Predictive analytics would reverse the 20 to 30% of profits now going to health insurance companies into increased health dollars invested into healthcare.  A great example is William McGuire from United Health Care who earned $1.2 billion in one year.  This should be a light to the world that the $1.2 billion which William McGuire made did not go back into the healthcare system;[4]  it went into his pocket to spend and donate where his personal interests lay.  To put it in perspective, $1.2 billion could open 925 doctors’ offices each being 7,000 square foot for a cost of $1,297,400 each[5] or 4.8 million CTCs reimbursed at $250 each.

A key component to predictive analytics is the unbridled sharing of information. With quantum cryptography and the recent efforts of quantum computer (such as D-Wave), we are on the edge for sharing and processing healthcare’s “big data.” Predictive analytics in how-predictive-analytics-can-make-money-for-social-networks-46ce73d0c0the United States will be a new frontier for all health information which is electronically collected around the world. With predictive analytics, a combination of pharmaceuticals used to cure a chronic disease in one area of the world will enable population health to take steps in preventive care in advance of the chronic disease in other parts of the world.

In essence, we are embarking on a voyage into a new land of opportunity to process big data to predict solutions into the future. Healthcare is a team effort and aligns with Ernest Shackleton and his eclectic team, all of whom survived the harshest environment of being beset in the Antarctica.  Our healthcare system needs such a team to drive through the storms of economic pressure and the current healthcare system into one which perseveres.  Predictive analytics is the system which will not only benefit the United States, but predictive analytics in healthcare also has the potential to benefit the health of the world in a way healthcare has yet to be seen.”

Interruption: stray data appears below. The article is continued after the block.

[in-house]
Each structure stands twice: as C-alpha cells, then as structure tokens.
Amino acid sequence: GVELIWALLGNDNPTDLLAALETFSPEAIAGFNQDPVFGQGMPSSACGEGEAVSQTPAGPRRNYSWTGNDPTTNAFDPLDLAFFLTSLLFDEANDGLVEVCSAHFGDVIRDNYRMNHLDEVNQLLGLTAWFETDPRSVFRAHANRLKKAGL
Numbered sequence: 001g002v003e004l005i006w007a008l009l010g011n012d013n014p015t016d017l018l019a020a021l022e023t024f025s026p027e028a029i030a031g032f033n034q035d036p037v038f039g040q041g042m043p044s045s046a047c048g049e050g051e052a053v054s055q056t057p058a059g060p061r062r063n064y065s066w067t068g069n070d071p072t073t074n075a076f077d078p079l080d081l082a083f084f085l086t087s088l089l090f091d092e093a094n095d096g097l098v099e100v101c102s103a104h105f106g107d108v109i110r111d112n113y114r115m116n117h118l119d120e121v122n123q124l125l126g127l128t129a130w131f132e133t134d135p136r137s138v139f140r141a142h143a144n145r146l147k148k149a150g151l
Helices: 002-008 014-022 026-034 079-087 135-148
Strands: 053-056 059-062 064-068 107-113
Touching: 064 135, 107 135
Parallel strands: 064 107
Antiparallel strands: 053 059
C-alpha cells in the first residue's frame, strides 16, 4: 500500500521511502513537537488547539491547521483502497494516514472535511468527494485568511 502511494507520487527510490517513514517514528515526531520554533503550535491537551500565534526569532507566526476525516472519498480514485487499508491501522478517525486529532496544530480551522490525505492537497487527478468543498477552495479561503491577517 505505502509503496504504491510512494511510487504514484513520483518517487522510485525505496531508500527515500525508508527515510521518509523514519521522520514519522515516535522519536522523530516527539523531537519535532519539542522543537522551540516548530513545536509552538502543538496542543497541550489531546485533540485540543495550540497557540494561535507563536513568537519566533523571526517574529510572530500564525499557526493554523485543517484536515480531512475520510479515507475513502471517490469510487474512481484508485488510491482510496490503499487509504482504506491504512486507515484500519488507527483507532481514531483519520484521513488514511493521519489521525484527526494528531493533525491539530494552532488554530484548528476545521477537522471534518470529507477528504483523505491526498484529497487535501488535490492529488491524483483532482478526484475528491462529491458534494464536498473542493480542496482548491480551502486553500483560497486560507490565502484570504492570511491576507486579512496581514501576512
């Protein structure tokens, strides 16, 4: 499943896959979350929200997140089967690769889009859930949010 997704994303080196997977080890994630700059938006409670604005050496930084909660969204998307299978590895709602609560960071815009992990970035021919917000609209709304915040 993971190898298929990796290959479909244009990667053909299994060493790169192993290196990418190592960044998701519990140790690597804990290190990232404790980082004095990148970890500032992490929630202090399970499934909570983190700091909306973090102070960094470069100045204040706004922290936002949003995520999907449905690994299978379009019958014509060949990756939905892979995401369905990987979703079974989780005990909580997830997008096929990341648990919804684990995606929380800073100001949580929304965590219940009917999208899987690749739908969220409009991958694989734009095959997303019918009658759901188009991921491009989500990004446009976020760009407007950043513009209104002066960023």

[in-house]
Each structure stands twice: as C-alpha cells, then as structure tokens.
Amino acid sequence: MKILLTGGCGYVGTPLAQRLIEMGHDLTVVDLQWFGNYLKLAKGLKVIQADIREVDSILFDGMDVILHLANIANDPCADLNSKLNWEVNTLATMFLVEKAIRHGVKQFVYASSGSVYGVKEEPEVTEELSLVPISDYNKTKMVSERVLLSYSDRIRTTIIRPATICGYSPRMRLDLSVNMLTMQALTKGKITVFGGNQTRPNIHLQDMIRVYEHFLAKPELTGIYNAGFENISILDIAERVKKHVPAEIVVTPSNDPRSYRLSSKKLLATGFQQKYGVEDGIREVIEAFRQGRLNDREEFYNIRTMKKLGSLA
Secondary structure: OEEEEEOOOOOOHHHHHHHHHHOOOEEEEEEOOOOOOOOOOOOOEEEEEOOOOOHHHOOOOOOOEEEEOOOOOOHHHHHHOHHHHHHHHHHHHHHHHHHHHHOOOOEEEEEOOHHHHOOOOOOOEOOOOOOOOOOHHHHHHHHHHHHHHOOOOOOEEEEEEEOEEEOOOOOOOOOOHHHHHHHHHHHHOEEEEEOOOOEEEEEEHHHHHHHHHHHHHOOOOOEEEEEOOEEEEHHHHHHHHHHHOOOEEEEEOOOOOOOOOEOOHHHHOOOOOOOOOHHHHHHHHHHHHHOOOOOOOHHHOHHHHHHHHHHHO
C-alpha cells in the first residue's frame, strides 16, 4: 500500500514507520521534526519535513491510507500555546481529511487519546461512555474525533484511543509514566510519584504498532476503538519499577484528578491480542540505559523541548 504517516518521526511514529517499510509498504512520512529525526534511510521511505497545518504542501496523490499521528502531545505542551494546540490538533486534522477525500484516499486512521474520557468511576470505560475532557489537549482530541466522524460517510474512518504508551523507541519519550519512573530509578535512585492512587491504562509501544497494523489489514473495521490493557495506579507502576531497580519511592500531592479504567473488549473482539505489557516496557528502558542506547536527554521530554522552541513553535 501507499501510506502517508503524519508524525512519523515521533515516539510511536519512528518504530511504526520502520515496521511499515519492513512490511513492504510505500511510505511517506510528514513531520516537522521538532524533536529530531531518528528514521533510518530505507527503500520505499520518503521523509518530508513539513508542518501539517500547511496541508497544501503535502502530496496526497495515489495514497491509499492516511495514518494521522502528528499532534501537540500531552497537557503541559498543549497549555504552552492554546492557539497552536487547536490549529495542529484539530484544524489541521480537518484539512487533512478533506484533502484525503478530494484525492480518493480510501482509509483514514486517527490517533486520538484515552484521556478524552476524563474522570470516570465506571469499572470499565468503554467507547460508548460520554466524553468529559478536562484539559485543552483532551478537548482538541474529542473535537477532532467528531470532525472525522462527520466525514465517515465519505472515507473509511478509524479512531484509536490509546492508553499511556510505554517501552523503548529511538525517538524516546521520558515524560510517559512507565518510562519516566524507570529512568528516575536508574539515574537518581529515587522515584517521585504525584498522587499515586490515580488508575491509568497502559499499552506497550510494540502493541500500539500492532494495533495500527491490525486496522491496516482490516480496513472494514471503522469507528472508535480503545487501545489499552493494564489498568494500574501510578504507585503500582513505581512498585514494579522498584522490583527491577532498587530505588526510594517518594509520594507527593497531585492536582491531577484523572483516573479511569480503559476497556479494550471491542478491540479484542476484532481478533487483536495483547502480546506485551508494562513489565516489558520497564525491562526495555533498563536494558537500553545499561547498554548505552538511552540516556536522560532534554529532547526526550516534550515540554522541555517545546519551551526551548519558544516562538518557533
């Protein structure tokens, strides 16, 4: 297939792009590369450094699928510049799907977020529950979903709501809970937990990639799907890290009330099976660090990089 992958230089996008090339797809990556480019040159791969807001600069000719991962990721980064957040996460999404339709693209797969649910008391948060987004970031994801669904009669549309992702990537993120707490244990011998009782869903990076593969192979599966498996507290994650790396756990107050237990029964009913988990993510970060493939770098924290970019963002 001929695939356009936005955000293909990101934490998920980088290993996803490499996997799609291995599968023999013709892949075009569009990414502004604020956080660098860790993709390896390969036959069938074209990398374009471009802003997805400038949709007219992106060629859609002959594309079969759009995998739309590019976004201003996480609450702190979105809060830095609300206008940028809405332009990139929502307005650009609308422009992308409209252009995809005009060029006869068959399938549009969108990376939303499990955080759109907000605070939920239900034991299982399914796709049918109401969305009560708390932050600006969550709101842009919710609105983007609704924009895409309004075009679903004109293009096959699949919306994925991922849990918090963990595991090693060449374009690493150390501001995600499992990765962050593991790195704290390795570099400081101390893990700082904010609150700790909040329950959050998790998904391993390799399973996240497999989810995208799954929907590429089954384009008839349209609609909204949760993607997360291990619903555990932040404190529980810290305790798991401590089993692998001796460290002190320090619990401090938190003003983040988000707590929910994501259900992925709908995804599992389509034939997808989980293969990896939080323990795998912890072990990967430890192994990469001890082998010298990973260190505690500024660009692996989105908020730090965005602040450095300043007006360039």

About the Author: 

photoDavis Graham is currently earning his M.S. in Health and Medical Informatics with Brandeis University, Graduate Professional Studies. Davis is the Executive Director & CFO at the Manatee Diagnostic Center in Florida.  This essay won a contest for free entry into Eric Siegel’s Predictive Analytics World Conference.

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Brandeis Launches MS in Strategic Analytics

157523205_4Brandeis University’s division of Graduate Professional Studies announced today it has launched a new Master of Science degree in strategic analytics.

The online program is designed to harness the proliferation of data in all aspects of business using advanced analytic tools. With the advent of “big data,” businesses can reduce risk and improve performance through better-informed decision-making in areas such as revenue management, dynamic pricing and business modeling.